Published on July 16th, 2021 | by Chris O'Connor

Dungeons & Dragons: Dark Alliance PS5 Review

Dungeons & Dragons: Dark Alliance PS5 Review Chris O'Connor

Summary: Dungeons & Dragons... without the focus on character development.


Devoid of D20

I’ve always liked the idea of Dungeons & Dragons since at least the first time I played Heroes of the Lance (which would apparently have been around 1988). I even used to have a full Dungeons & Dragon board game… but it never got used (I never knew if any of my friends would be interested and didn’t feel it was something I could bring up). I’ve enjoyed countless hours playing Baldur’s Gate and Icewind Dale (the latter being linked to the land Dark Alliance takes place in). So the prospect of playing a new Dungeons & Dragon game was quite appealing… but I had to adjust what I was expecting.

Dark Alliance is nothing like Icewind Dale… there is a story backing everything (long time writer of Dungeons & Dragons novels R.A. Salvatore contributed) and the cinematics are quite stunning (I particularly enjoyed watching the Dragon making it’s presence known in one of the early scenes). But the story disappears as soon as you start your mission. The game goes from epic mythology to a dungeon crawling hack and slash… which isn’t a bad thing in and of itself… but you have to be prepared for this if you are considering playing. I suspect many D&D fans would appreciate a bit more control over their character (sure you can level up and choose where your attribute points go… but it doesn’t feel that important). It feels like it leans far more towards an arcade type experience (especially with a focus on co-op)… which again, isn’t bad in and of itself… but if you are expecting more traditional D&D fare… you will possibly be disappointed.

Visually (as alluded to earlier regarding the cinematics) the game is quite pretty and the environments have some great lighting… I just felt the characters themselves were a bit out of place as they seem far less detailed, almost like they are from the early release of World of Warcraft… that’s possibly a bit harsh, but they are certainly more cartoon looking than serious/realistic. But most of your time will be spent staring at your back as you move through the levels so a slightly “insta-filtered” face isn’t that big a deal.

Gameplay, as mentioned earlier, is more or less “head to this area and do X” which is basically kill everything you come across and then kill the boss at the end. There’s really not much to it. Sure you can upgrade your characters armour, weapons, stats etc, unlock new moves that will require more and more complex combinations of buttons… but it’s all just to kill more nasties so you can get to the biggest nasty of the area. You tend to develop some techniques as you go (I found it was often best to use a ranged attack once I could spot the enemy as often they wouldn’t respond and I could simply take them out before putting myself in harms way. If you are unlucky enough to be killed (or kill yourself trying to navigate hazardous landscapes)… you get thrown back to the beginning of the level. For some people this is probably a small price to pay to be able to “pick themselves up and keep going”… but when you have progressed to nearly the end of a level and get sent all the way back to the start (especially for something stupid like not quite landing in the right spot and dying because you are on a frosty spike)… it can be quite frustrating.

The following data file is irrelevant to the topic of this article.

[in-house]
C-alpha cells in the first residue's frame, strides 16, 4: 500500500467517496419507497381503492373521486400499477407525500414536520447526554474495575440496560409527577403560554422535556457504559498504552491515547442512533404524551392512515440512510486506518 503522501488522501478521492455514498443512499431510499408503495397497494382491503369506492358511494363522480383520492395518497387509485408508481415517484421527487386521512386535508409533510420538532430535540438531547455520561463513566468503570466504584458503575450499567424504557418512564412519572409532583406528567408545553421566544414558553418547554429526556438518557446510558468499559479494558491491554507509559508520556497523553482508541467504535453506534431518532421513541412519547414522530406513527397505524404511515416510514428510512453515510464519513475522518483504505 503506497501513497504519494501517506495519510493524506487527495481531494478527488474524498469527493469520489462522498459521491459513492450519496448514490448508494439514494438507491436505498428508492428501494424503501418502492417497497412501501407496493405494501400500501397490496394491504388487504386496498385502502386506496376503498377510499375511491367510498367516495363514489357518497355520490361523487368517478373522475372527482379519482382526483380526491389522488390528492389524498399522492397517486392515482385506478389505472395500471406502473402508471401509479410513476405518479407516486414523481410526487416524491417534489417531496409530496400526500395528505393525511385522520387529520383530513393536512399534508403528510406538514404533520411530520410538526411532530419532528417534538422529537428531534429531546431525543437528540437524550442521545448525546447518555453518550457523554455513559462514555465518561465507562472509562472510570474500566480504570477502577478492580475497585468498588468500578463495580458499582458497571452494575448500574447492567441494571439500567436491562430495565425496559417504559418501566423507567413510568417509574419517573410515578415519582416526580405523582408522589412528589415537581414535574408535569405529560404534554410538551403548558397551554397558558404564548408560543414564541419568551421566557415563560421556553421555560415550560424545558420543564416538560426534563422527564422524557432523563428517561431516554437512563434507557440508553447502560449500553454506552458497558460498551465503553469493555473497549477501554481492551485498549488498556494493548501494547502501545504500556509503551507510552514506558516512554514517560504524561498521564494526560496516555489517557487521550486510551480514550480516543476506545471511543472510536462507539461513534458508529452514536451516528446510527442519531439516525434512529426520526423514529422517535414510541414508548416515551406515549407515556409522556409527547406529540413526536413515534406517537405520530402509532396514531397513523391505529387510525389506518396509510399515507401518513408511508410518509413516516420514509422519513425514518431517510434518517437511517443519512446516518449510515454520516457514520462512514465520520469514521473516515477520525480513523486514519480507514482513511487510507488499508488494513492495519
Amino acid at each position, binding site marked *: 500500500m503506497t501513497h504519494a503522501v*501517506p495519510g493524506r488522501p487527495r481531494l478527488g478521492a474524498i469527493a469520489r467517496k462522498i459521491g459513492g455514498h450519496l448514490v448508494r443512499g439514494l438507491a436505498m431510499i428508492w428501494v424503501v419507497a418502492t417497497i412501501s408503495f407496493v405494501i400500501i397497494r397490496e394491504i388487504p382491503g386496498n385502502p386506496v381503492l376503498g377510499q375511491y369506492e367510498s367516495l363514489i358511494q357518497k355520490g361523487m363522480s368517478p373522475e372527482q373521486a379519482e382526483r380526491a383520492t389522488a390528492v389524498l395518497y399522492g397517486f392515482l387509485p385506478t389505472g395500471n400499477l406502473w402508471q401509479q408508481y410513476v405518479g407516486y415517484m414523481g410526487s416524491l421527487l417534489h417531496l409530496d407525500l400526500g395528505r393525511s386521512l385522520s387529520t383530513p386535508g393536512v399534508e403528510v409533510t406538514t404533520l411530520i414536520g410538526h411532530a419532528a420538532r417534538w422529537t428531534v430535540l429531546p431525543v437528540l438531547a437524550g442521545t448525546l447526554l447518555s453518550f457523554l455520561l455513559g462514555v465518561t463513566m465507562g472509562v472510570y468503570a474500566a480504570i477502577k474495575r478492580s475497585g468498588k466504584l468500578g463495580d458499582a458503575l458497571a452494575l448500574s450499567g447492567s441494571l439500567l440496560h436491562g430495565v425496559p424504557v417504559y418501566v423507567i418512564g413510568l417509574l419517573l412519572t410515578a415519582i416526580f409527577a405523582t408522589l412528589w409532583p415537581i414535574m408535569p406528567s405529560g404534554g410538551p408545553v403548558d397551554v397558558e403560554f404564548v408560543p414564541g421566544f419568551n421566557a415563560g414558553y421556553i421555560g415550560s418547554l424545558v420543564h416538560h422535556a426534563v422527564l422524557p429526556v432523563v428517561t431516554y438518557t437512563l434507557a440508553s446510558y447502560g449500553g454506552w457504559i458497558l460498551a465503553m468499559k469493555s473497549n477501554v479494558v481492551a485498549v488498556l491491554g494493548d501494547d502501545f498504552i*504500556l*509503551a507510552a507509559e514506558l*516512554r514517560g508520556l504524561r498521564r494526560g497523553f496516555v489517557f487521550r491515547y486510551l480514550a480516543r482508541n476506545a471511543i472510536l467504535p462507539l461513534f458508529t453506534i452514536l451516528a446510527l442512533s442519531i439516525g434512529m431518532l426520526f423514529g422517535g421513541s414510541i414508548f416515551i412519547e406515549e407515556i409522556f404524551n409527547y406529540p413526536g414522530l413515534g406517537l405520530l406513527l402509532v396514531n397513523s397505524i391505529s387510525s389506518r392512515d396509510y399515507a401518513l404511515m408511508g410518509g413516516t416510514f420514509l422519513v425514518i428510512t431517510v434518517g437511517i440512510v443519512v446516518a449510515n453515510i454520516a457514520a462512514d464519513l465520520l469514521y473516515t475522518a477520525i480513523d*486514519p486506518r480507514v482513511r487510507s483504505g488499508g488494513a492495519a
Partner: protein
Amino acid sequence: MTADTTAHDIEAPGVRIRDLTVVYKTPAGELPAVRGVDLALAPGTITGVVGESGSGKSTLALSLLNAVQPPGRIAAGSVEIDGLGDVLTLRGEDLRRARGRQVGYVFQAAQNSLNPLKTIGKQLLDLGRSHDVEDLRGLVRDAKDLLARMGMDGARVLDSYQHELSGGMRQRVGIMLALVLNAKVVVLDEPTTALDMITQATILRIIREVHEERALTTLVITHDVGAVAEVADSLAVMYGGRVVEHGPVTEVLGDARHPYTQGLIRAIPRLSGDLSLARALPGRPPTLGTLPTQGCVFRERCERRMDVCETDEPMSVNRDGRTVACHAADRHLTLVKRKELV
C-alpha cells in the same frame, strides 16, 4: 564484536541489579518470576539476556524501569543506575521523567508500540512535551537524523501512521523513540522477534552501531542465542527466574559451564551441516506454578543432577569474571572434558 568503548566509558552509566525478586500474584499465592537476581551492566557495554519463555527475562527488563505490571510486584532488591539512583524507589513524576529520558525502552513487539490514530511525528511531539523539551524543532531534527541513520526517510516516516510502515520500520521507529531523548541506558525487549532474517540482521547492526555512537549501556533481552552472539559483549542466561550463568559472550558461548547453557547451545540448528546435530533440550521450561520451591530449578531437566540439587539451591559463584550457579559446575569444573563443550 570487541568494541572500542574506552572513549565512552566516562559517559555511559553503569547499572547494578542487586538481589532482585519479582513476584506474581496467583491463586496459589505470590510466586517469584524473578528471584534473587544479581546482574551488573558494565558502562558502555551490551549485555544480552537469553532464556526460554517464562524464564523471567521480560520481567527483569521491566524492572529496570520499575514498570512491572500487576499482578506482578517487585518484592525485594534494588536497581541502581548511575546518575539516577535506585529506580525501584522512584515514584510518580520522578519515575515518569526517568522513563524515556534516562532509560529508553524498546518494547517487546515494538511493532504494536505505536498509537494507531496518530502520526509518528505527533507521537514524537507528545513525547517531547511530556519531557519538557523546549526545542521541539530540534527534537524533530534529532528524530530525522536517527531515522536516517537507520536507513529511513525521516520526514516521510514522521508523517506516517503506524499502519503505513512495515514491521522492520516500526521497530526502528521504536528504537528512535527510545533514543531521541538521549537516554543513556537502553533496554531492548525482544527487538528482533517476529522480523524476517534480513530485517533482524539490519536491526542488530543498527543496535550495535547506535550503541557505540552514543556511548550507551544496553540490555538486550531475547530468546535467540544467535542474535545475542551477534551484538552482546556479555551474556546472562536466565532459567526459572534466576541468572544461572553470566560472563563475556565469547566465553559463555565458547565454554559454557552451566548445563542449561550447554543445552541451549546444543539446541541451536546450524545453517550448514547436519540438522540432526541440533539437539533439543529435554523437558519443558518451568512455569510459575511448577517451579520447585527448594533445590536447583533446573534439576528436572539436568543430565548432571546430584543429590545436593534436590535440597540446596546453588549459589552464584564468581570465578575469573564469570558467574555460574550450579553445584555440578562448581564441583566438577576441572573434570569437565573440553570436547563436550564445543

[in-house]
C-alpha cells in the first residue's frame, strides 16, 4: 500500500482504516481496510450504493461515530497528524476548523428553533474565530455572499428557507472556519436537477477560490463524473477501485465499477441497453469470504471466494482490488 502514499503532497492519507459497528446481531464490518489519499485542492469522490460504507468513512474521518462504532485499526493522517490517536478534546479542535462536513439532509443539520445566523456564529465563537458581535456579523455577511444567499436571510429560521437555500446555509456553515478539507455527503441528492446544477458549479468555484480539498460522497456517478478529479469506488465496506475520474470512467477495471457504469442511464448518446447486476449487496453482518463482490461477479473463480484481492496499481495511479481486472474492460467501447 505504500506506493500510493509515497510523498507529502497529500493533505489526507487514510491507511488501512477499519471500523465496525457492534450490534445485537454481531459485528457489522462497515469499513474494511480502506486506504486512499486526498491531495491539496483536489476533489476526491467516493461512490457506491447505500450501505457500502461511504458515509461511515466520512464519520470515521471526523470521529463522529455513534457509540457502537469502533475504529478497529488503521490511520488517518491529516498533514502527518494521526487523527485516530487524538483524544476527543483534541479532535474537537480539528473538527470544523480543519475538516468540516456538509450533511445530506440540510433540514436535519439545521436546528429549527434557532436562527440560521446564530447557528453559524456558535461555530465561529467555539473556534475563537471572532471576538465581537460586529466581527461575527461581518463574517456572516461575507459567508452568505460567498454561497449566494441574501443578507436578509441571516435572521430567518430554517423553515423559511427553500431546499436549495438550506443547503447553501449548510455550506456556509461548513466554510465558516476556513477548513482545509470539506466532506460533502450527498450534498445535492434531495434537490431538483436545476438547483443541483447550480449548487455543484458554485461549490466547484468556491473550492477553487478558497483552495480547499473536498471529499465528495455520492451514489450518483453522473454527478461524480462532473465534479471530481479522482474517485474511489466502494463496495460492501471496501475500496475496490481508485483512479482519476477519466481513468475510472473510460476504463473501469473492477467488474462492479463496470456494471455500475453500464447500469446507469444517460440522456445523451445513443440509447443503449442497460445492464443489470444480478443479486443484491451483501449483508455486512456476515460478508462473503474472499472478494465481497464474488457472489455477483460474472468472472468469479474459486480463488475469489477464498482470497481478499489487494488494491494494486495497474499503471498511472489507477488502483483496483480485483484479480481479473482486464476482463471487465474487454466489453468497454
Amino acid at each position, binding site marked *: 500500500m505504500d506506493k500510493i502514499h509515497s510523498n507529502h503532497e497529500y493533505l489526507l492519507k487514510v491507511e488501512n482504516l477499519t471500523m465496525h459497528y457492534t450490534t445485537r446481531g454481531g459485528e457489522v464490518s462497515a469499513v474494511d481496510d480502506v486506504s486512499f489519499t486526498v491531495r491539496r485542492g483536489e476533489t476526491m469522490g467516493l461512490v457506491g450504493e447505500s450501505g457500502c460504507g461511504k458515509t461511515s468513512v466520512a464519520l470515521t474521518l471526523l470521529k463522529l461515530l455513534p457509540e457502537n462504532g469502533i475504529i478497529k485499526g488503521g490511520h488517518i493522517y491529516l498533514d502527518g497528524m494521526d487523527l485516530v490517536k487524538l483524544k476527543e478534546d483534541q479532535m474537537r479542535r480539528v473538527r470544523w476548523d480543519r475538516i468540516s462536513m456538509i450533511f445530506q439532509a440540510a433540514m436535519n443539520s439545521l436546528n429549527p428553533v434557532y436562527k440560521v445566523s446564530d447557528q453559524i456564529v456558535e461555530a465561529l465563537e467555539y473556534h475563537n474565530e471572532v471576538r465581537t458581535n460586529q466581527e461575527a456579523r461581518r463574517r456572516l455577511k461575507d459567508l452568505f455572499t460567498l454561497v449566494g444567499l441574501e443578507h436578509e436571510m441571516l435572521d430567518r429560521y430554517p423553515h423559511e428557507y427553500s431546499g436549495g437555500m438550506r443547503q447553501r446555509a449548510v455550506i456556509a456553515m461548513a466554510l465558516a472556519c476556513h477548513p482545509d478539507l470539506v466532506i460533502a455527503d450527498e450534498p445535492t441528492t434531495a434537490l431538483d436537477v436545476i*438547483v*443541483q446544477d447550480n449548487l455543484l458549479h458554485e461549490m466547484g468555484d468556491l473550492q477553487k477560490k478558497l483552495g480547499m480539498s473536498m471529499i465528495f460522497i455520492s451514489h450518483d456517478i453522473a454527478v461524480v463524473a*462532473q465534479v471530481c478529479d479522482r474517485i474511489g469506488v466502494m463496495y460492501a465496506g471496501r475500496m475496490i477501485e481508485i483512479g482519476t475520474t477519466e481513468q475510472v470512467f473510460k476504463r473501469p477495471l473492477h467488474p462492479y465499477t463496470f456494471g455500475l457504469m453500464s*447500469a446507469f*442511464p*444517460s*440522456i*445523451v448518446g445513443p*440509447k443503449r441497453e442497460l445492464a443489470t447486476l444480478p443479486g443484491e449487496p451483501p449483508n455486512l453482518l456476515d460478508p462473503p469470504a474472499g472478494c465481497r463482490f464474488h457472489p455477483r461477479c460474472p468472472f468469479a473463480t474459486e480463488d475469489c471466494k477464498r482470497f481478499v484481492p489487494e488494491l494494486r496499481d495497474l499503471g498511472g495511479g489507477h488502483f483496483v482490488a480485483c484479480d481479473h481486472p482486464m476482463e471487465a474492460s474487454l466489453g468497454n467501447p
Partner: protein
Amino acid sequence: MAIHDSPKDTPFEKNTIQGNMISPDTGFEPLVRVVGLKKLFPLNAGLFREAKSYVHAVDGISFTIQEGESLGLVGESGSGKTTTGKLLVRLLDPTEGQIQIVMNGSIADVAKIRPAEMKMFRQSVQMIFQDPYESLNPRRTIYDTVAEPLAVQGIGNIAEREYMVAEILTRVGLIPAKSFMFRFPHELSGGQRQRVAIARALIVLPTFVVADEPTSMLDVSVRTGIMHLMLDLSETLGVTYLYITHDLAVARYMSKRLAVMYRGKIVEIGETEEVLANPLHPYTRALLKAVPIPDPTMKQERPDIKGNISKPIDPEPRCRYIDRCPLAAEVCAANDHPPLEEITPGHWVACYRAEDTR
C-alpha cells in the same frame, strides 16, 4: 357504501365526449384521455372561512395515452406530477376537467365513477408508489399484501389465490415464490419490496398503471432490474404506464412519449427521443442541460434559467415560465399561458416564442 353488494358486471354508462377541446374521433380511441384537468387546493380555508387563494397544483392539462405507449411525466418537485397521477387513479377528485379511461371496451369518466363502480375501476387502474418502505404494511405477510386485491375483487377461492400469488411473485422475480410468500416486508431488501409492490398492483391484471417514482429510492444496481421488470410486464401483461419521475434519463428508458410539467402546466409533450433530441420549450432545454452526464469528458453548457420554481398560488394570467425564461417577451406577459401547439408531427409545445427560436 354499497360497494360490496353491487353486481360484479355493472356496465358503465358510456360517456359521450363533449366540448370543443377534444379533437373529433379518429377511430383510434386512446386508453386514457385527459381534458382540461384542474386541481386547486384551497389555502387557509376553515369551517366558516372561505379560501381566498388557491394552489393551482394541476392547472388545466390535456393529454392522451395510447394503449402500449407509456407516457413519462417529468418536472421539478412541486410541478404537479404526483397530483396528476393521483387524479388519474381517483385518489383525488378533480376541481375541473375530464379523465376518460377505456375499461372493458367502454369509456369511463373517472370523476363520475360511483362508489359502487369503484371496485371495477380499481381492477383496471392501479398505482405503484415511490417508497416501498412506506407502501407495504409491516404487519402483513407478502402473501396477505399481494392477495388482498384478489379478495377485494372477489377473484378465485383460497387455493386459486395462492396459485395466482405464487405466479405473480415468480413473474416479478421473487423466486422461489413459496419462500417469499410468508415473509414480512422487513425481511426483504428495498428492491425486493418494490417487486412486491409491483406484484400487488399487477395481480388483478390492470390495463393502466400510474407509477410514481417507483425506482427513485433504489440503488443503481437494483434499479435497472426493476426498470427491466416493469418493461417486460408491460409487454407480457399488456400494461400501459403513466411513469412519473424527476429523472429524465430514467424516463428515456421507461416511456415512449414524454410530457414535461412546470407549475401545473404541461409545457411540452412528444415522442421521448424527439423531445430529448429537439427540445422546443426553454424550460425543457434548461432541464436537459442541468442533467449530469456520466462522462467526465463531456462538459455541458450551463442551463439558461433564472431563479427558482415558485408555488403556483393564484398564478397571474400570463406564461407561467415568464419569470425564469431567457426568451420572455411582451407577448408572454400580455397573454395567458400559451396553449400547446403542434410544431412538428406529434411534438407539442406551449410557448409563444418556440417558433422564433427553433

I don’t mind the game. I’m a big fan of the more traditional D&D games, but I also don’t mind a more brainless “mash keys and progress” type game and this arguably falls far more in that latter category. If you like a bit of Dungeon delving and aren’t too fussed about character details then this could be a good choice. If you really want page after page of stats and character story then this will probably leave you wanting.

About the Author'

Father of four, husband of one and all round oddity. Gaming at home since about 1982 with a Sinclair ZX Spectrum. Moving on to the more traditional PC genre in the years that followed with the classic Jump Joe and Alley Cat. CGA, EGA, VGA and beyond PC's have been central to my gaming but I've also enjoyed consoles and hand helds along the way (who remembers the Atari Lynx?). Would have been actor/film maker, jack of many trades master of none.

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